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Press Democrat sold to local group, including lobbyist Darius Anderson and political powerbroker Doug Bosco

click to enlarge THE OTHER SHOE DROPS The Press Democrat is once again locally owned, with its owners' connections under scrutiny.
  • THE OTHER SHOE DROPS The Press Democrat is once again locally owned, with its owners' connections under scrutiny.

The Press Democrat has been sold by Florida-based Halifax Media Group to a group of local investors, including lobbyist and developer Darius Anderson and former congressman Doug Bosco.

The sale marks a return to local ownership for the 115-year-old newspaper. Halifax purchased the Press Democrat last year along with 15 other regional newspapers from the New York Times Company, which owned the daily since 1985.

The announced sale, expected to close in the coming weeks, includes the Press Democrat, the Argus-Courier, the North Bay Business Journal and their websites. (Anderson's group, Sonoma Media Investments LLC, also bought the Sonoma Index-Tribune earlier this year.) No sale price has been disclosed.

The group also includes Stephen Falk, a former publisher of the San Francisco Chronicle, and Bill Hooper, president of Kenwood Investments.

The four men share intertwining histories. Anderson and Bosco have worked together since the 1980s, when Anderson interned in Bosco's congressional office. Anderson serves on the board of the San Francisco Chamber of Commerce, where Falk is chief executive. Kenwood Investments, led by Hooper, is Anderson's development firm.

But it's the group's business interests, lobbying and political connections that have raised concern about the influence the ownership group could wield over the newsroom.

The client list of Anderson's lobbying firm, Platinum Advisors, includes Clear Channel, Pfizer and Microsoft. Other clients include CVS, currently involved in a controversial development proposal in Sebastopol; PG&E, which has battled public power, an option that is currently being explored by Sonoma County; and Sutter Health, whose nurses recently striked in Santa Rosa.

Anderson's lobbying firm also represents Station Casinos, partners with the Federated Indians of Graton Rancheria in building an Indian gaming casino in Rohnert Park. Anderson also has plans to build a $30 million hotel near the Sonoma plaza.

In 2010, the Press Democrat's Ted Appel reported on a $500,000 settlement by Anderson's Gold Bridge Capital in a corruption probe that involved private equity firms managing public pension fund investments. Before that, Anderson sued a Kenwood neighbor for "emotional distress and loss of social reputation" after she called the police on a loud party at Anderson's estate, as reported by the Press Democrat's Paul Payne.

Neither story was mentioned in the newspaper's reporting of its own sale or profiles of its new owners last week.

Doug Bosco's involvement in the acquisition will likely face scrutiny from a worried environmentalist community. Longtime county environmental advocate Bill Kortum notes that Bosco was voted out of office largely for claiming he was against offshore oil drilling, but acting otherwise, at a time when urban growth boundaries and open space districts were being set to preserve the county's natural beauty. With Bosco as a co-owner of the newspaper, "he'd be in a position to break that will of the people," Kortum says.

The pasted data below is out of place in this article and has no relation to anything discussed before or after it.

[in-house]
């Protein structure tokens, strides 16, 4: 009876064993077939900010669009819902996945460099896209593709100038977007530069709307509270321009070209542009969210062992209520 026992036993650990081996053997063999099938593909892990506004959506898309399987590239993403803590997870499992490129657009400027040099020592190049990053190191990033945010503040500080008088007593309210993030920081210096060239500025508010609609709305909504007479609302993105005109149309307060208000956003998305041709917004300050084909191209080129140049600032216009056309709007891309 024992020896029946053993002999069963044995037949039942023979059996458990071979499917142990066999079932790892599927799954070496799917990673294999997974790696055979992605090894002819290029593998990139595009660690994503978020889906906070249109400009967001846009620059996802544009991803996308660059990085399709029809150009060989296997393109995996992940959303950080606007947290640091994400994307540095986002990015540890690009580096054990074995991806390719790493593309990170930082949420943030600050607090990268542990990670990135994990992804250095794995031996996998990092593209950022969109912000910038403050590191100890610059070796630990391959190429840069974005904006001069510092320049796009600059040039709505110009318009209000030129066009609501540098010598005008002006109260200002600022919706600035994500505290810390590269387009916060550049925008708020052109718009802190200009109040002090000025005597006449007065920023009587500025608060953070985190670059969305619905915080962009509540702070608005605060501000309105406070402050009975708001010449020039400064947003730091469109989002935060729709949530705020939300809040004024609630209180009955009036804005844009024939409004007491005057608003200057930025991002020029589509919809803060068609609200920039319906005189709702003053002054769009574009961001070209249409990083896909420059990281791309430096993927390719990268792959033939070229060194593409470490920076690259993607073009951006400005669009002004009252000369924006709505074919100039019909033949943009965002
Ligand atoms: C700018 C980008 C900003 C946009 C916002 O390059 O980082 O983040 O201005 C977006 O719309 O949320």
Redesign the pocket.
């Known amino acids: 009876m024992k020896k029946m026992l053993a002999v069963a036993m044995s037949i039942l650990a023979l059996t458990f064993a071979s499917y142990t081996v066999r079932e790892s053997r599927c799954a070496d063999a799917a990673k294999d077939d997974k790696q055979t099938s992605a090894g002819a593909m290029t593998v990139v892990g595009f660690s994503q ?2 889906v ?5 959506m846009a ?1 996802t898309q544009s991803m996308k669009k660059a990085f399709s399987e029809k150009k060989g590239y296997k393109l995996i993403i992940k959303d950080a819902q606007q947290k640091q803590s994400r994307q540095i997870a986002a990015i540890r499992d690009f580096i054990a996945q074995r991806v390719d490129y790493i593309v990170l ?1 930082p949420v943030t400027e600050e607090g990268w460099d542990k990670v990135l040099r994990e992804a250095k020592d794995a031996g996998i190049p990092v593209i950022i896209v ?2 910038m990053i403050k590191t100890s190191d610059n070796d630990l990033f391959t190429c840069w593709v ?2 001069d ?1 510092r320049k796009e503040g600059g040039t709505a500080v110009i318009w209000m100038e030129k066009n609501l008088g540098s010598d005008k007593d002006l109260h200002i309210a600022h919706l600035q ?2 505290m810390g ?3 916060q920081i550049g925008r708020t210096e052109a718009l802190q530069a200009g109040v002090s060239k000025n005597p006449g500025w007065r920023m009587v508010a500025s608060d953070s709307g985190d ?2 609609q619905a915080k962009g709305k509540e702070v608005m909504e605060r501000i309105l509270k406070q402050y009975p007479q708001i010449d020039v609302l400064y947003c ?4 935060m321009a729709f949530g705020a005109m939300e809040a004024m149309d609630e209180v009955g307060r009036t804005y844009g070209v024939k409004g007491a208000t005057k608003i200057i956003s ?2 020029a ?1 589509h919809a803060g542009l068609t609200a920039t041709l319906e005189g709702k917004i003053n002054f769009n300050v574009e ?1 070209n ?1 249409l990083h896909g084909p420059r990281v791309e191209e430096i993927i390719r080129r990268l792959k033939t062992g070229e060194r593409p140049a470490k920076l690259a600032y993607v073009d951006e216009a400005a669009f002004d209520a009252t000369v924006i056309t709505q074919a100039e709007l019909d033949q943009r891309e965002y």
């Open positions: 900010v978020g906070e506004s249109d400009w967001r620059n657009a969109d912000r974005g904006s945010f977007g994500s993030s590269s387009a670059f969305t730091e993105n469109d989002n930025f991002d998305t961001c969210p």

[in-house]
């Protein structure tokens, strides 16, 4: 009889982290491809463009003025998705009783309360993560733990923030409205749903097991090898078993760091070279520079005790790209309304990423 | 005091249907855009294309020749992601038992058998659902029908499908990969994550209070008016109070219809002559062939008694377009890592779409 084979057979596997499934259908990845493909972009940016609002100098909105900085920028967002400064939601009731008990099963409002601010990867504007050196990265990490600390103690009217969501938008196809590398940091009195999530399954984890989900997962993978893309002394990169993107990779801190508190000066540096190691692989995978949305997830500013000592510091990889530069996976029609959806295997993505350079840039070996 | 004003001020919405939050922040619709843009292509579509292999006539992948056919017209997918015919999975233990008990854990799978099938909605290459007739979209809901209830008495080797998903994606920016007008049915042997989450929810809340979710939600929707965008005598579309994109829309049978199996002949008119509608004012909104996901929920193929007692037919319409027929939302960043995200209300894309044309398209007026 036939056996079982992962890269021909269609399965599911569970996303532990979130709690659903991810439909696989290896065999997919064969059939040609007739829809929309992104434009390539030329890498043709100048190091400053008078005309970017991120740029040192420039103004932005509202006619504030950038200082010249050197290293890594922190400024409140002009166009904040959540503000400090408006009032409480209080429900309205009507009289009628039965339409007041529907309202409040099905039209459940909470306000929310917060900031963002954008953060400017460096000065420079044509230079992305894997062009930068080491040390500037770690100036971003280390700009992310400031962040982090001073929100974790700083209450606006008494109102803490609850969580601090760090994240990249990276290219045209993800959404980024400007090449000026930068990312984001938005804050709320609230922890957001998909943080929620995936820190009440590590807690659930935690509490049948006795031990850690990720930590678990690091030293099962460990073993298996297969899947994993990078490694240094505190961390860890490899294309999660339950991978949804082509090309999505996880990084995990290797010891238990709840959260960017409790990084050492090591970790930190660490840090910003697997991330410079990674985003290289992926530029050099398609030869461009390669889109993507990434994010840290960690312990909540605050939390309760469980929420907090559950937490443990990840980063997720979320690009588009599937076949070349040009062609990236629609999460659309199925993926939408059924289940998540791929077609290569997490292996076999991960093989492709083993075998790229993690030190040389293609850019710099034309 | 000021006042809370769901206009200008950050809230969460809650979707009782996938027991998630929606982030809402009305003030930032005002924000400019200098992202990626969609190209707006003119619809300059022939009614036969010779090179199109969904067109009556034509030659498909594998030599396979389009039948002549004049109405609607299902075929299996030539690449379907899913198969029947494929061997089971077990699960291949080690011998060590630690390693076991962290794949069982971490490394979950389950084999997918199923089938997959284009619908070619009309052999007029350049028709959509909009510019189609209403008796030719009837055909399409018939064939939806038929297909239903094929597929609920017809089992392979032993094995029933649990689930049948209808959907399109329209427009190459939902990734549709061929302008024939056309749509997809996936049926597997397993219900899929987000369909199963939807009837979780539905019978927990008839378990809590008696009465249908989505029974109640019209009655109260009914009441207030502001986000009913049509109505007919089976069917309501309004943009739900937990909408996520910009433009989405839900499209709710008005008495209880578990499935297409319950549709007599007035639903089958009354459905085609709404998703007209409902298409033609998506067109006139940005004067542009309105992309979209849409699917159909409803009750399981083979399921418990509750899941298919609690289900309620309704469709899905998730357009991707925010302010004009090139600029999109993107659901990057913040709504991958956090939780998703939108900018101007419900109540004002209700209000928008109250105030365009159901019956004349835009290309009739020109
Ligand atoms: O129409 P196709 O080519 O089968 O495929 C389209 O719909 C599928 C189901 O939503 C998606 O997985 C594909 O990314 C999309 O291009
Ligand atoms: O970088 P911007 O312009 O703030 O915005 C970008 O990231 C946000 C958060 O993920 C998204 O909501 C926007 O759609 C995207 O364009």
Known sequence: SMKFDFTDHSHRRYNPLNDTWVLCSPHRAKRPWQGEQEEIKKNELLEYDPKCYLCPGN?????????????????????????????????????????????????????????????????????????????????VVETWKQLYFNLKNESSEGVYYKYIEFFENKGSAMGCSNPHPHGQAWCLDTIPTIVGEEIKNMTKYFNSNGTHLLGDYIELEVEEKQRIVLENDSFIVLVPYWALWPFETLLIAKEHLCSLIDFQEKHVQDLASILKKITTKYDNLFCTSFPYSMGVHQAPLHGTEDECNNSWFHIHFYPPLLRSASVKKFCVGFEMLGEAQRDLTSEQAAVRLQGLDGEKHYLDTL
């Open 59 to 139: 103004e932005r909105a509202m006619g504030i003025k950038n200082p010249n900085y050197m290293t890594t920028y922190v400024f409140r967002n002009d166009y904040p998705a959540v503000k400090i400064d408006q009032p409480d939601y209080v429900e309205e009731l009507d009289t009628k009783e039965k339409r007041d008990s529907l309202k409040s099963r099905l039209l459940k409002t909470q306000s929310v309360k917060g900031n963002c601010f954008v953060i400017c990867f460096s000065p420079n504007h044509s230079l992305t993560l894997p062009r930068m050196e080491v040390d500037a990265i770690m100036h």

Bosco is also well-known as a behind-the-scenes heavyweight in Sonoma County politics, with interests connected to gravel mining and lumber. His close friend, Eric Koenigshofer, is the attorney for the Preservation Ranch project in Sonoma County, which would clear-cut 1,769 acres of second-growth redwood trees to develop 1,100 acres of vineyards.

Bosco and Koenigshofer also help fund political candidates, including Fifth District Supervisor Efren Carrillo, who provided key votes to approve two contentious Bosco-supported projects: the Russian River gravel mine near Geyserville and the Dutra asphalt plant in Petaluma. Carrillo also helped approve the Fort Ross tasting room, a project opposed by neighbors but supported by Bosco.

In the 1980s, Bosco, a self-described "conservative Democrat," was involved in both the Savings and Loan and congressional check-bouncing scandals. Now, with his wife, retired county judge and logging scion Gayle Guynup, Bosco often hosts political get-togethers in his McDonald Avenue home with donors and elected officials.

To the San Francisco Chronicle last week, Falk expressed the new ownership's commitment to objective journalism at the Press Democrat. "Clearly, the ownership of this paper is not going to meddle in the journalism of this newspaper," he said. "Credibility is all any newspaper has, and we're not going to lose that."

Reporters and editors at the Press Democrat contacted for this story were unwilling to go on the record but said that the independence of the newsroom is the goal of all parties involved.

Newspapers owned by lobbyists remain rare, although that is shifting, says Kelly McBride, senior faculty in ethics at the Poynter Institute.

"With papers being so cheap, we are seeing a lot of partisan owners scooping them up," she says of the Press Democrat's sale. "The San Diego Union-Tribune is another California paper that's experienced this phenomenon. Everyone wants to know if the owners will keep their hands off the editorial product and let it independently serve the audience. Only time will tell on that question."

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UPDATE: The ownership group also includes Sandy Weill, Norma Person, Jean Schulz and others; read more here.

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